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Eastman Exports Global Clothing Private Limited is one of the leading apparel manufacturers in India, perfectly positioned to stay on the top in the fashion world as the most preferred and trusted knitwear manufacturers in India. Eastman’s journey from a modest growth at the time of its inception to its current business volume is a complete testimony to the clarity of vision and the quantum of energy that propels the company. For more information, contact: Alagesan Senniappan alagesan@eastmanexports.com; Poornakala poornakala@eastmanexports.com

Tamil Nadu Textile and Common Workers Union (TTCU) is an independent, Dalit women-led trade union of textile workers organizing to end GBVH, wage theft, and caste-based violence in garment factories.  For more information, contact: Thivya Rakini info.ttcu@gmail.com

Asia Floor Wage Alliance (AFWA) is an Asian labour-led global labour and social alliance across garment producing countries (such as India, Indonesia, Sri Lanka, Cambodia, Bangladesh) and consumer regions (USA and Europe) for addressing poverty level wages, gender-based violence, and freedom of association in global garment production networks. For more information, contact Nandita Shivakumar nandita.s@asia.floorwage.org.

Global Labor Justice – International Labor Rights Forum (GLJ – ILRF) is a non-governmental organization that works transnationally to advance policies and laws that protect decent work; to strengthen freedom of association and workers’ ability to advocate for their rights; and to hold corporations accountable for labor rights violations in their supply chains. For more contact Sahiba Gill, sahibagill@globallaborjustice.org.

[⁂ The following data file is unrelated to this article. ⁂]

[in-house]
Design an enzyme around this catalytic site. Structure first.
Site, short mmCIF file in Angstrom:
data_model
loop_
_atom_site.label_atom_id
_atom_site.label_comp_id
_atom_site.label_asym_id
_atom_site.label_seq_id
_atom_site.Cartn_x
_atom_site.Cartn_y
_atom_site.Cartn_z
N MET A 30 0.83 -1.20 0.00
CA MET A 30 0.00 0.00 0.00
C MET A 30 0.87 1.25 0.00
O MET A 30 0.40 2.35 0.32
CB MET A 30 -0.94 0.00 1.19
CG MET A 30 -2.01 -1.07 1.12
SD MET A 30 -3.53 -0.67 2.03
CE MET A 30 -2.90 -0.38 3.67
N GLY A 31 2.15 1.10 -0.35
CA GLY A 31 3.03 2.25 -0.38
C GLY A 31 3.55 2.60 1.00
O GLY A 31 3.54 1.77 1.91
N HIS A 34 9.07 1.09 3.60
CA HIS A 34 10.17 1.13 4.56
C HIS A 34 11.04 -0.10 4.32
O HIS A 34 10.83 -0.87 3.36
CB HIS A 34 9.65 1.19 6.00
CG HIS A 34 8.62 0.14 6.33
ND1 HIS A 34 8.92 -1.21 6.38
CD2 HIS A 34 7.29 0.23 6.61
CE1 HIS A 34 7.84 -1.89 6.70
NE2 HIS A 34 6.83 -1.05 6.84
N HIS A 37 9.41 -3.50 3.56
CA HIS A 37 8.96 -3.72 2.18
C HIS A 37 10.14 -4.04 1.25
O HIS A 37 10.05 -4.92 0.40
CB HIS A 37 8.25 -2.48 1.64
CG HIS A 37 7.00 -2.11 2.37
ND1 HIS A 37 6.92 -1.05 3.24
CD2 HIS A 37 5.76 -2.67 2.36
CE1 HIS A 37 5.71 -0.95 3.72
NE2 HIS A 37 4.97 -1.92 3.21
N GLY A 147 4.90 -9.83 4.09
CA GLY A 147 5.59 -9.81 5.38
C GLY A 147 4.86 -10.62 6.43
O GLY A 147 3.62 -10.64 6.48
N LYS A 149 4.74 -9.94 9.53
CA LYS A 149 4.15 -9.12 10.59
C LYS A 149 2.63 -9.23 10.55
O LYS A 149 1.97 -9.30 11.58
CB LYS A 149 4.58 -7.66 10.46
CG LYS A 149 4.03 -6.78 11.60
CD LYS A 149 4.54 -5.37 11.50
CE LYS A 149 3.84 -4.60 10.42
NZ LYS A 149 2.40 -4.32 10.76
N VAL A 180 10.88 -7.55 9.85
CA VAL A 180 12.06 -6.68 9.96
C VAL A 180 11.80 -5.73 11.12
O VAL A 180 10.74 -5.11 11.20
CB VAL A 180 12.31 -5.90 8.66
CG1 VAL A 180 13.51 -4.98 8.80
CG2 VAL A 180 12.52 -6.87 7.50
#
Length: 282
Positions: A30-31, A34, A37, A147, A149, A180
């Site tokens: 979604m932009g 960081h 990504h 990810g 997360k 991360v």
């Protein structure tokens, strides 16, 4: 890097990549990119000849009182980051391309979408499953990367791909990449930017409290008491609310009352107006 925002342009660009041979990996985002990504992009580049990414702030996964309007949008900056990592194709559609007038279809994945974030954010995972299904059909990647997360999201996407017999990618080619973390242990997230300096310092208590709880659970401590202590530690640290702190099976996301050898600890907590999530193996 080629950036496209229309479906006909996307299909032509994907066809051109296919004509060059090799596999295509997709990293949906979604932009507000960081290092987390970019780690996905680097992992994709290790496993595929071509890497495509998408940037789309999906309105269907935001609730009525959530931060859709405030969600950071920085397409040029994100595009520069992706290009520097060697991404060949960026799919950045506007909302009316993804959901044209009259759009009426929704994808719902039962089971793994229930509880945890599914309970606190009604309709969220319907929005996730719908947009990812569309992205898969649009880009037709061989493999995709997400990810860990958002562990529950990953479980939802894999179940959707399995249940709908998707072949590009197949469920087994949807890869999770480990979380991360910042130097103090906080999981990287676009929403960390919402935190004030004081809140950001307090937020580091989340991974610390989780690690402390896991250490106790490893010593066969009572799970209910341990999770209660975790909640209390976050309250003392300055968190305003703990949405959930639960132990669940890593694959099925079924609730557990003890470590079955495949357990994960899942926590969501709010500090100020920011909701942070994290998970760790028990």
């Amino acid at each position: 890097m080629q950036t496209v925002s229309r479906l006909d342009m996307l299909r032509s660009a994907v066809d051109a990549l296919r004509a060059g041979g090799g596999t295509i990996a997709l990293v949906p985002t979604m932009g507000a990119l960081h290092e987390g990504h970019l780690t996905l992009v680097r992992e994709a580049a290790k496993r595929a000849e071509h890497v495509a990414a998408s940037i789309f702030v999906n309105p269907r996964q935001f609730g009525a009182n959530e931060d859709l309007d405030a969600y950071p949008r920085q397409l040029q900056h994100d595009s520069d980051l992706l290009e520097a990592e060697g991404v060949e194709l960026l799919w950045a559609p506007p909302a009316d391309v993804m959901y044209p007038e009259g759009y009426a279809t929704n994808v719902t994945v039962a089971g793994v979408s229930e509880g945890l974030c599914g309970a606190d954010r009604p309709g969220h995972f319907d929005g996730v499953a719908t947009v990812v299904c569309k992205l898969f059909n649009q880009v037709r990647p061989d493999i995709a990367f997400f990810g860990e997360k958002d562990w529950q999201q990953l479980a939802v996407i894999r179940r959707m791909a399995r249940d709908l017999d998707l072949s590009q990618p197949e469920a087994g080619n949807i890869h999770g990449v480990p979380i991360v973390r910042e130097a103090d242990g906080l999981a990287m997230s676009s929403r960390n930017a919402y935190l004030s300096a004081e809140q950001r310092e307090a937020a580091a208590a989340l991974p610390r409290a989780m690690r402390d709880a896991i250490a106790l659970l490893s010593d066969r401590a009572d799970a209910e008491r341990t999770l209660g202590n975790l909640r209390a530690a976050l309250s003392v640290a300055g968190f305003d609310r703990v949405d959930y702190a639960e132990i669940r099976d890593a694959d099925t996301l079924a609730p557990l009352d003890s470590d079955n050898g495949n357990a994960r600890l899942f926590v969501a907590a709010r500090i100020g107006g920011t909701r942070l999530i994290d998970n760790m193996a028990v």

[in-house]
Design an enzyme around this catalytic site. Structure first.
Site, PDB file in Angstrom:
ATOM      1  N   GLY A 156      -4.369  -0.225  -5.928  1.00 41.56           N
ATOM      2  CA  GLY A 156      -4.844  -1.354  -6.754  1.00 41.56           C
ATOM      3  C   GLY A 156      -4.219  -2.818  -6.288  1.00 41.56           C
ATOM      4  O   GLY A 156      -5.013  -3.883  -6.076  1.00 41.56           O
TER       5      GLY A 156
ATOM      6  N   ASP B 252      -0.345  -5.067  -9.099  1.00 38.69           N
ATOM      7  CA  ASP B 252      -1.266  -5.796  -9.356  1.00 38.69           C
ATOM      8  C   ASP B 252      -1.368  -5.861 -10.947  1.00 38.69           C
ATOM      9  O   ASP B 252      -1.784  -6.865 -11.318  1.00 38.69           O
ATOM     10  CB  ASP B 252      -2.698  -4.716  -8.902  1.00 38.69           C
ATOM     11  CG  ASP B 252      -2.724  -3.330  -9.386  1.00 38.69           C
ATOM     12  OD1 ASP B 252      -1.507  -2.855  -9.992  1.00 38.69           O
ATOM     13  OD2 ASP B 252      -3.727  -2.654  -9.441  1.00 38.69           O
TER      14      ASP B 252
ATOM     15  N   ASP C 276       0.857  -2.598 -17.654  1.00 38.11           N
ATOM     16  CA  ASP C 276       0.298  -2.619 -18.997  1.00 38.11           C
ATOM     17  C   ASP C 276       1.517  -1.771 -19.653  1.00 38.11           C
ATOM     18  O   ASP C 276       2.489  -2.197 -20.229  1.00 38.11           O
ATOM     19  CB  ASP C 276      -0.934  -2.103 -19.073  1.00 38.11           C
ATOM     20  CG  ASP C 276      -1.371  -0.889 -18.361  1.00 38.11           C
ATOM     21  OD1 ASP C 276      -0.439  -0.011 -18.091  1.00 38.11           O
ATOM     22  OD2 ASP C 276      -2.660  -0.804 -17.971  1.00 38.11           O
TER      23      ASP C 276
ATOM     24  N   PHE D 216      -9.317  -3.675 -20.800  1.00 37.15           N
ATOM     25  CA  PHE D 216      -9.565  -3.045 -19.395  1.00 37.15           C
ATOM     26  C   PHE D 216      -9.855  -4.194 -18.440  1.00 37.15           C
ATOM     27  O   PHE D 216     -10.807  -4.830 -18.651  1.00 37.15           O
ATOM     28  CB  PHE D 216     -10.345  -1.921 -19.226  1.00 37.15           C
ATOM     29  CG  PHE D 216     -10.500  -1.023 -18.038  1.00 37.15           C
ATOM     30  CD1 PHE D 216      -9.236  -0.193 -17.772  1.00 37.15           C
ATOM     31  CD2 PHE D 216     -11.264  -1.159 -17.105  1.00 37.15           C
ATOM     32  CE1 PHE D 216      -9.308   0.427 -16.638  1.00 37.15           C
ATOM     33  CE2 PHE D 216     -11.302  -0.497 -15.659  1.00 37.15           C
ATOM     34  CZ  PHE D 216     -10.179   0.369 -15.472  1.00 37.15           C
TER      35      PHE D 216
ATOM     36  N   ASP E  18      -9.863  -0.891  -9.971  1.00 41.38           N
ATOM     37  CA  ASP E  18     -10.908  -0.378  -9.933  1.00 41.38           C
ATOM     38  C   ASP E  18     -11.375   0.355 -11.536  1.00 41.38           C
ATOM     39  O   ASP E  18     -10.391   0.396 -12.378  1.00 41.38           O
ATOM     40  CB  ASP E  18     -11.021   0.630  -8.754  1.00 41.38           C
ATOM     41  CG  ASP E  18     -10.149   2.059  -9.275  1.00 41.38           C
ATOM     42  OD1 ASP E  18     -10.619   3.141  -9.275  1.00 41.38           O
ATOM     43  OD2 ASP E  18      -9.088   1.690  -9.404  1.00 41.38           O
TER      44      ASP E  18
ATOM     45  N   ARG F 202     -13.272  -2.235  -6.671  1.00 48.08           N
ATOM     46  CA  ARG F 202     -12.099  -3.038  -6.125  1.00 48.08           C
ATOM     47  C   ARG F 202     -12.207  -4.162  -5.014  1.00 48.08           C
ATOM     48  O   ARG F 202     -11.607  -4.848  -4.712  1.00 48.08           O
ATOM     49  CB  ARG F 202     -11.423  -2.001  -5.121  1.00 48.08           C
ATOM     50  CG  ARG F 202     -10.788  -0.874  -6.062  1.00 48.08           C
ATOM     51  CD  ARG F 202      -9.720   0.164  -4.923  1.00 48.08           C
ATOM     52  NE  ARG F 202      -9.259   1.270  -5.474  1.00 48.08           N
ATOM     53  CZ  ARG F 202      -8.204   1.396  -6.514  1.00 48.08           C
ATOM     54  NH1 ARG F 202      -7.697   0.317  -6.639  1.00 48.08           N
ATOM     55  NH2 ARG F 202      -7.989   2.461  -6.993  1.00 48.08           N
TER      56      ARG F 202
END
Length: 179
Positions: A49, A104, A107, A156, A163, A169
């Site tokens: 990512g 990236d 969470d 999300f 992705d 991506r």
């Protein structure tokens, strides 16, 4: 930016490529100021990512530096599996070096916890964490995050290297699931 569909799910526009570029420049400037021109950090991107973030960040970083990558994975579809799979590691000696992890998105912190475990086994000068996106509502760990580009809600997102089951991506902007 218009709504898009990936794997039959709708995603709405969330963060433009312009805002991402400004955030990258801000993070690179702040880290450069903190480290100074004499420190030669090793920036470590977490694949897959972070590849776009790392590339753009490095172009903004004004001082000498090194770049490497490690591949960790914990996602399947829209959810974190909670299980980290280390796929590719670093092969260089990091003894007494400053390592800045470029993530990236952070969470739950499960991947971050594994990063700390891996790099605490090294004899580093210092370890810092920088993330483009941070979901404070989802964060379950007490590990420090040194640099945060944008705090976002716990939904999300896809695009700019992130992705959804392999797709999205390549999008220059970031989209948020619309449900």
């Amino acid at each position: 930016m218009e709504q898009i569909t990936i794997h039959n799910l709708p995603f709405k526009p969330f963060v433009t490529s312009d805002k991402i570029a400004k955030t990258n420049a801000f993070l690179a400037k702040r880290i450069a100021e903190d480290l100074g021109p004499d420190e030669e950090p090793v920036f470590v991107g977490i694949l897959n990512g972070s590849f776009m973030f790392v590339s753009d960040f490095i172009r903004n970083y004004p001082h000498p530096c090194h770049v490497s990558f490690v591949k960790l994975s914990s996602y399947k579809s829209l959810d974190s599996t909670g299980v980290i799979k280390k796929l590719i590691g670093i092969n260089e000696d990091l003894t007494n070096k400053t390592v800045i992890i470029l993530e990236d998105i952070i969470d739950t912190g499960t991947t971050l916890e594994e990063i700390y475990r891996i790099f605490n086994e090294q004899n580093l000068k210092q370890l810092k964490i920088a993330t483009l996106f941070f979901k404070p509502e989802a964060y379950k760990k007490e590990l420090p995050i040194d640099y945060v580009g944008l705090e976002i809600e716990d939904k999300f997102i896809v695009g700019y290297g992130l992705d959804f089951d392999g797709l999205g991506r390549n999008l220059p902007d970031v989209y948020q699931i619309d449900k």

Foley Hoag, LLP is counsel to Eastman. Legal services were provided by the Global Business & Human Rights practice, which helps clients align their business practices with the U.N. Guiding Principles on Business and Human Rights. For more information contact Gare Smith, gsmith@foleyhoag.com.

For Immediate Release

March 24, 2022

Contact: Rachel Cohen, racohen78@gmail.com, 917-370-8464

Global Labor Justice – International Labor Rights Forum Sues Global Tuna Giant Bumble Bee Over False Advertising of ‘Fair and Safe’ Fishing Practices